The Ambiance of Secondary Learning

What message does your high school classroom send to newly arriving students? Does is speak of high expectations? Is it conducive to learning? Is it designed to reduce anxiety and to promote a welcoming spirit? With a little forethought and elbow grease, you can create a classroom environment that will help you head off discipline problems and student-teacher battles. Here are a few of the lessons in secondary classroom ambiance that I have experimented with over the years.

When I arrived in my first classroom, I was greeted with lime yellow walls and dark green trim (which were not the school colors – just the whim of the last instructor). The walls were smudged, dirt-streaked, spotted with stains, and dabbed with cobwebs. Arriving the day before classes began, I did have just enough time to run a broom around to remove the cobwebs, and sweep the floor. In looking back, I know many of my first-year problems were simply a lack of experience with students, but I now believe part of the hyperactivity of my first year students was the condition and colors of my classroom.

Over that first summer break, I set out to make the room my own – my home away from home. I sanded and painted for two weeks on my own time to transform the walls to a cooler, calmer light blue with dark blue trim. My experience has shown that darker, cooler colors tend to produce a calmer student body. The paint does need to be touched up between terms, and a total repaint done every few years.

Calming down behavior was one goal. However, I also wanted to commun-icate high expectations of learning. Taking a cue from the NASA Space and Rocket Center in Huntsville, Alabama, I painted my old steam pipes running up the walls and across the ceiling with bright red high-heat paint. This thin line of red contrasted well with the blue walls, giving a patriotic feel (especially when I added a vertically draped American flag from one pipe). The red line was not enough red to inflame the talkative kids, but it did say things are different in this room – you are here to reach new heights – just like the astronauts explore new regions of space.

To further nurture a calming ambiance, I used my love of gardening and brought in several green plants to scatter about the room. These plants provided a tropical, homey feel to the classroom – one that was less intimidating than a starkly furnished, brightly-lit industrial atmosphere. The plants also became doubled as part of a student care project for those in my Hydroponics module of my Technology Lab.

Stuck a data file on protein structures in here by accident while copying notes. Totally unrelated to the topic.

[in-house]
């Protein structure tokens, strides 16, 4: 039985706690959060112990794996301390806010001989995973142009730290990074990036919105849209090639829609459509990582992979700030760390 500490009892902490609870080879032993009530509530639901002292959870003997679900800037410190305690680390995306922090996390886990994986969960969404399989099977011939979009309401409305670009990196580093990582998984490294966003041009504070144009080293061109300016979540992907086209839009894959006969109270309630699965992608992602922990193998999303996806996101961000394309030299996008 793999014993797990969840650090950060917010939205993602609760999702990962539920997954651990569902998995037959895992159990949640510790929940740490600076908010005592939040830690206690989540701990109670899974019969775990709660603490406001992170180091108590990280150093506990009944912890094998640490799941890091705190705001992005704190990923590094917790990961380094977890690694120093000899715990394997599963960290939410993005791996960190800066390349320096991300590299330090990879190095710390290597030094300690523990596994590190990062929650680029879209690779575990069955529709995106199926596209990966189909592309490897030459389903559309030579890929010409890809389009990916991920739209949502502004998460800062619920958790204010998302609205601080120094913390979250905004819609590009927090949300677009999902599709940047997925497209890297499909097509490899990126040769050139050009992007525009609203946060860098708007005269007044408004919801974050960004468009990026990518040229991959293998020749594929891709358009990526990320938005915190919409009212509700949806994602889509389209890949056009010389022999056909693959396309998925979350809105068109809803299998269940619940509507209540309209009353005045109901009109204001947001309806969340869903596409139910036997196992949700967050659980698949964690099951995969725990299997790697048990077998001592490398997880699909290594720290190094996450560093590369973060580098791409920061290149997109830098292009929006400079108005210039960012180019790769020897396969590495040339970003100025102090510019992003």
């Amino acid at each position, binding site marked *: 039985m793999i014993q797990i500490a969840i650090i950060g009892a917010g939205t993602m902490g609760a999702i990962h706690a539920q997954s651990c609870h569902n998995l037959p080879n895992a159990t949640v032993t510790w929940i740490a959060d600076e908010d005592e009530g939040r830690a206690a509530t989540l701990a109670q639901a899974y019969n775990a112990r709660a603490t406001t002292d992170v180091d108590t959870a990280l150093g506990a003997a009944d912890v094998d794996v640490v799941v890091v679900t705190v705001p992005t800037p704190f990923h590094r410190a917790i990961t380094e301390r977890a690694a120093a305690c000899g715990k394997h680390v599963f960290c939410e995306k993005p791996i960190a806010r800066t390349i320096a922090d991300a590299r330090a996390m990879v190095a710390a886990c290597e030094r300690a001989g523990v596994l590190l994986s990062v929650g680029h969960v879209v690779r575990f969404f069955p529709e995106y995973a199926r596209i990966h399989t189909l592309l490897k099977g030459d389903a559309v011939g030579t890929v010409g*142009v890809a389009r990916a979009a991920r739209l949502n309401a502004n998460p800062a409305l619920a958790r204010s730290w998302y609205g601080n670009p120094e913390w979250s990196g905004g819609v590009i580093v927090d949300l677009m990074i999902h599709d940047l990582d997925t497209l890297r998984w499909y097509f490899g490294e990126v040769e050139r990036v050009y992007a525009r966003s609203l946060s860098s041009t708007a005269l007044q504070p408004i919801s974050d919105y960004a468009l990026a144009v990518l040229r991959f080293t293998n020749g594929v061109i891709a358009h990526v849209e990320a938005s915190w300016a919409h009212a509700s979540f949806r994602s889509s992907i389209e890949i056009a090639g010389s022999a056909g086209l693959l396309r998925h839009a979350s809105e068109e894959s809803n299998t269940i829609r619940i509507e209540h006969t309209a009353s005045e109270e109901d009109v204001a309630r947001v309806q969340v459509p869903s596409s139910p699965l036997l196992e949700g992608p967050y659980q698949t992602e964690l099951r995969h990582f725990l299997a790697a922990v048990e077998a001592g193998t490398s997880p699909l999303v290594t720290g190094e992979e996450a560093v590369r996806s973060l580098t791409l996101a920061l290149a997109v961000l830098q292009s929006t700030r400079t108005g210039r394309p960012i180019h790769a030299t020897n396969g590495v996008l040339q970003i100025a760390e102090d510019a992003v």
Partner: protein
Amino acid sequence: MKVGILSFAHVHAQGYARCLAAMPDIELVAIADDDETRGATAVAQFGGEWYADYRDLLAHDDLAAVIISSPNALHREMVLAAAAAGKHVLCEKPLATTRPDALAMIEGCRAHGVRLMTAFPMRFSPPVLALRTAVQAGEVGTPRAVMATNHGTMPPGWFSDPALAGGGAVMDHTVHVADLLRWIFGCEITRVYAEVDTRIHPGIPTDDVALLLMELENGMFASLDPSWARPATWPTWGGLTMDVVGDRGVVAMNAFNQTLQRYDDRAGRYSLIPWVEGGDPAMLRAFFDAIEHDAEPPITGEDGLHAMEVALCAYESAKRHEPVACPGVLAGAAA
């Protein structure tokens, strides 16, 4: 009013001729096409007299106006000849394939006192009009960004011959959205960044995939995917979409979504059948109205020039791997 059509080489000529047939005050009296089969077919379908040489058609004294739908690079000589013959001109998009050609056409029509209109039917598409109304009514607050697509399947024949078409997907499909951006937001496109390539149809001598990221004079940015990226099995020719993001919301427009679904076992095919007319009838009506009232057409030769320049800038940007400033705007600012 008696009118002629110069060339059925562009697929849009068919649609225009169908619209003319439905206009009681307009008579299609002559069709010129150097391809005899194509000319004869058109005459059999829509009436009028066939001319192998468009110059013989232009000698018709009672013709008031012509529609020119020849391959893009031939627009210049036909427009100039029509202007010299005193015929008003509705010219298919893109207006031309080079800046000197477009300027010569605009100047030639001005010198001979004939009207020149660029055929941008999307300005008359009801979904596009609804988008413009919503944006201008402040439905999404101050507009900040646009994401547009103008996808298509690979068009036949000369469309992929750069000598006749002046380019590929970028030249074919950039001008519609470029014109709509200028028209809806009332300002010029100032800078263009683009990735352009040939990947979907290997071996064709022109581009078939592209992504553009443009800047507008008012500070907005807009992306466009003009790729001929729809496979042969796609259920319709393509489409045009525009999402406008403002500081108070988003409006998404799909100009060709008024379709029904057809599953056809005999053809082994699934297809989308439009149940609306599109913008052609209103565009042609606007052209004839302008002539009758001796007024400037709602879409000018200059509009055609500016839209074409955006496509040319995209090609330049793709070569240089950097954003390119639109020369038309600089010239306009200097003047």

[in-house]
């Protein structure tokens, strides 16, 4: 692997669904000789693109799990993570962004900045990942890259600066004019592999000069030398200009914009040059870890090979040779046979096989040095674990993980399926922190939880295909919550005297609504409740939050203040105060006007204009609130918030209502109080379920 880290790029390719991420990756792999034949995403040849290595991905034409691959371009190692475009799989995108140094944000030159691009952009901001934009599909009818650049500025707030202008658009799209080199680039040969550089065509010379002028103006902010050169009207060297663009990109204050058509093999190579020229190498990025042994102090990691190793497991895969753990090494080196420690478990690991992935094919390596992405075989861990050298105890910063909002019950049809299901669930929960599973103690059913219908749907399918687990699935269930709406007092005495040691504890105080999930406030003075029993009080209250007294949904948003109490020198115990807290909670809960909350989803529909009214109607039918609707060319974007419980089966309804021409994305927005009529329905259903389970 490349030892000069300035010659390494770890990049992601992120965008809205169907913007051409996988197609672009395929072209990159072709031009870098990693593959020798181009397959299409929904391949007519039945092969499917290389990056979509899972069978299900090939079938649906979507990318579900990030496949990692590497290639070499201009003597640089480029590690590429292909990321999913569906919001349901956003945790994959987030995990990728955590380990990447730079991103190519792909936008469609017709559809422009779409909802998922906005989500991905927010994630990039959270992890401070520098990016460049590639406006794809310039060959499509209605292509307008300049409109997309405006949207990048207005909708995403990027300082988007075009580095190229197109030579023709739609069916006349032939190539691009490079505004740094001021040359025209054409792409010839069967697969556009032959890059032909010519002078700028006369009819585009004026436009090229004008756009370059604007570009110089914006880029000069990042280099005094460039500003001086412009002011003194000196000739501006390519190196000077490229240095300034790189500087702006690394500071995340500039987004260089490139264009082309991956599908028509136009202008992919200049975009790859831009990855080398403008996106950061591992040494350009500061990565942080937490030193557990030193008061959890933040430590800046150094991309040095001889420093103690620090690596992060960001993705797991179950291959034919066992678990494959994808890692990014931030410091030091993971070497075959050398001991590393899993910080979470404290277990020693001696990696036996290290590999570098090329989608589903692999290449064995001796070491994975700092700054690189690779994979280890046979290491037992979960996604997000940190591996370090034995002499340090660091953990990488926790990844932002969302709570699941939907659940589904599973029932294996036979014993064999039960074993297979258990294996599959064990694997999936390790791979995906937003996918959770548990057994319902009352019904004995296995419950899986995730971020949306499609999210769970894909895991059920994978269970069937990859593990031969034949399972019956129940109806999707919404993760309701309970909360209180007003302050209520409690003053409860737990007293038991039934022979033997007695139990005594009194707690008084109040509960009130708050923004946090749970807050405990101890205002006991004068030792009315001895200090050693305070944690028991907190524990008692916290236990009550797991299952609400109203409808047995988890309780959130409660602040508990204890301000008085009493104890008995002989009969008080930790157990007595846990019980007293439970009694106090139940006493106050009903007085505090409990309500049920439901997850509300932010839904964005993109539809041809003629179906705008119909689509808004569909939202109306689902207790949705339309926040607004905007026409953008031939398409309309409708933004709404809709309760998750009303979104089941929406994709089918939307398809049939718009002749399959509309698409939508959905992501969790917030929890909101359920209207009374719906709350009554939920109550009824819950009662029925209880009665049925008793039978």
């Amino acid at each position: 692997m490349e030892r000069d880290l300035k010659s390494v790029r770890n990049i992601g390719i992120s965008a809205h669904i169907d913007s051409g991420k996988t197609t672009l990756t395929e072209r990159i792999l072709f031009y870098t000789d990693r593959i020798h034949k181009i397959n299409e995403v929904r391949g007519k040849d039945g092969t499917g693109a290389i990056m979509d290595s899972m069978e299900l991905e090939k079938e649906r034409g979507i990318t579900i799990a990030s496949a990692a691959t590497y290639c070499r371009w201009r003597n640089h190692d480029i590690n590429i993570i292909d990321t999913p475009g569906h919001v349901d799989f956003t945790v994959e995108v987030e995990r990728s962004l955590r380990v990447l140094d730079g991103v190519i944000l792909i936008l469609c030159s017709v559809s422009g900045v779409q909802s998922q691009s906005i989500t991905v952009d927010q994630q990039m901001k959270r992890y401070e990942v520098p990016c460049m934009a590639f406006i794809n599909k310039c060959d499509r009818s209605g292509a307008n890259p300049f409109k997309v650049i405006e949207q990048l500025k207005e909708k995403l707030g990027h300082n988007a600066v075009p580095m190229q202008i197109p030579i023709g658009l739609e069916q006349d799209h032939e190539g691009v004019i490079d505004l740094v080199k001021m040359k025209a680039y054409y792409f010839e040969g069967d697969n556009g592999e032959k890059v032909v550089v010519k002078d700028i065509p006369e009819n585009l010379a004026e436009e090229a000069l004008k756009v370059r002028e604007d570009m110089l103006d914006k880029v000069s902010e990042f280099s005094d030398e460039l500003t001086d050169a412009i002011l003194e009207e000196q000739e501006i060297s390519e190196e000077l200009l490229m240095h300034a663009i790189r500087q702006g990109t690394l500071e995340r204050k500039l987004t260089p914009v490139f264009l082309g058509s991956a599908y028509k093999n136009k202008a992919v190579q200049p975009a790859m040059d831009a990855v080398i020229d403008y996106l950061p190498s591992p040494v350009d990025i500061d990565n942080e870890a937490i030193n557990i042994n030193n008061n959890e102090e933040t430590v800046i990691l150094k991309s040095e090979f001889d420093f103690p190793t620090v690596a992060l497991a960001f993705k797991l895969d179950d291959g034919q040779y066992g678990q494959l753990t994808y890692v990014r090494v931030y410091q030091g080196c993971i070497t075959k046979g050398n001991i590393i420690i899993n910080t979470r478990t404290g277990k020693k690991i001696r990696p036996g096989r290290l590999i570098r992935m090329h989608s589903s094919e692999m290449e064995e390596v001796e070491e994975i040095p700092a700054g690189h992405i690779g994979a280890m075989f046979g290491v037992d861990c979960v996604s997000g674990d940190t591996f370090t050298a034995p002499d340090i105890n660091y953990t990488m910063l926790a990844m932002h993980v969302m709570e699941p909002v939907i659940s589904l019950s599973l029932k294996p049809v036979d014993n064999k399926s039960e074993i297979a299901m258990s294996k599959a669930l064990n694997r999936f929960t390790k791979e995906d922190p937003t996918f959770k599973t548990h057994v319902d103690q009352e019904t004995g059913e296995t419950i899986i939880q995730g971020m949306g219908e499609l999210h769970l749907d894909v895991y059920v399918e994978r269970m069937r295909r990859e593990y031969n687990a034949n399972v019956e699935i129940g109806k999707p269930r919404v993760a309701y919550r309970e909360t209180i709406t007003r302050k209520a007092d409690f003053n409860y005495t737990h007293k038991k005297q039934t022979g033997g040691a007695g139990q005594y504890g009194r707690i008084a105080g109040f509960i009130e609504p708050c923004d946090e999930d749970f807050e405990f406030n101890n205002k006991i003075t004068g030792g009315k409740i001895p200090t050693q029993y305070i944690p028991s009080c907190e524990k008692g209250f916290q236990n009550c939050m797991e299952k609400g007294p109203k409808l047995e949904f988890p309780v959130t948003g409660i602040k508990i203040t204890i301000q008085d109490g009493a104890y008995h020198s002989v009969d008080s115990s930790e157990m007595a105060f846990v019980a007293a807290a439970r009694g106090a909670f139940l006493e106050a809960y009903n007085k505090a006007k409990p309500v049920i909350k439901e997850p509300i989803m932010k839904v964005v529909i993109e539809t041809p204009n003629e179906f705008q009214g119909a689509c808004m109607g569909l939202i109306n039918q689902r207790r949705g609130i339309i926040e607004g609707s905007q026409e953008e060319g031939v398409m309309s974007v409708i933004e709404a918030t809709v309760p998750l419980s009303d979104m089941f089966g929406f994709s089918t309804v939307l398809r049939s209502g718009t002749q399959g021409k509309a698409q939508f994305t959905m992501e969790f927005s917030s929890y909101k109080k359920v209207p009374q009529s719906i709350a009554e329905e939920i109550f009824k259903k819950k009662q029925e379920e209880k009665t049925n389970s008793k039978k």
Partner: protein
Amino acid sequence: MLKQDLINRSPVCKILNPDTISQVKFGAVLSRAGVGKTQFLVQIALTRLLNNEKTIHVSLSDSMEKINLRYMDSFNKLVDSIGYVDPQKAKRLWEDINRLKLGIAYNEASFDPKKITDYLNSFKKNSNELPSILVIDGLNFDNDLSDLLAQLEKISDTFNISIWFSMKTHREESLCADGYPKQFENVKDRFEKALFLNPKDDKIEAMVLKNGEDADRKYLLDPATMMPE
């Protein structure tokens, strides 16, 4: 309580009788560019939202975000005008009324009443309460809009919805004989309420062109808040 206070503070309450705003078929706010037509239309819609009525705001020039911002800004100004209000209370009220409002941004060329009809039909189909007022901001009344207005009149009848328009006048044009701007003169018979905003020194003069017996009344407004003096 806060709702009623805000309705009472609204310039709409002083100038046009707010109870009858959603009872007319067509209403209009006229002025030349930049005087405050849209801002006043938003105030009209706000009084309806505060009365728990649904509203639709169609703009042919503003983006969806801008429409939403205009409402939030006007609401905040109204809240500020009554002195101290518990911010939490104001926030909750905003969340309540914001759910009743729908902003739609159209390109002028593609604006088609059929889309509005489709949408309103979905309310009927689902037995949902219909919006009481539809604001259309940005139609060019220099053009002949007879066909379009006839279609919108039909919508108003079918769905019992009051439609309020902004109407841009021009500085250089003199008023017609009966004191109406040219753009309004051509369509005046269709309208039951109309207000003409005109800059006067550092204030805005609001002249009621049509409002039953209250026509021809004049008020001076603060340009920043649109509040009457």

Plants also give off beneficial oxygen, increasing the oxygen levels in the classroom, keeping heads clearer and attention spans longer. True, having plants requires constant watering and attention – but I have found some students love to care for them. So let them!
Finally, let’s talk clean. I have always taken care of our custodial staff at school. A free bottle of water, a free pack of cookies, compliments, the garbage already bagged when they arrive…these are just a few ways to reward them for the efforts that take in keeping our schools clean. But you cannot just sit and wait for the cleaning crew to arrive. I maintain a constant vigilance for trash and dirt – using my own broom, rag, mop, and cleaning supplies to keep my classroom sparkling clean. If there is time between classes, I make a quick sweep of the room to remove pencil marks on tables, pick up scrap paper, sweep up dried mud under desks, etc. I also keep small, individual trash baskets on each table so students have no excuses for dropping trash on the floor. These baskets are emptied several times a day. I sweep my whole classroom once or twice a week just to keep it looking spiffy between custodial visits.

So if you want help with classroom behavior, start with an atmosphere that students can see and feel as they enter the door. Let them know you run a welcoming, inviting class where learning is a priority. They are now stepping into an environment of high standards. Nothing is second rate. The whole room reflects a commitment to quality, pride, and creativity. It shows you care about your students and their comforts.

Get busy creating an environment that reflects you – your home away from home. Paint the walls with fresh paint, choosing darker, cooler colors. Bring in green plants. Hang motivational pictures. And finally, keep it clean! The ambiance you create will have an amazing impact on students’ behavior.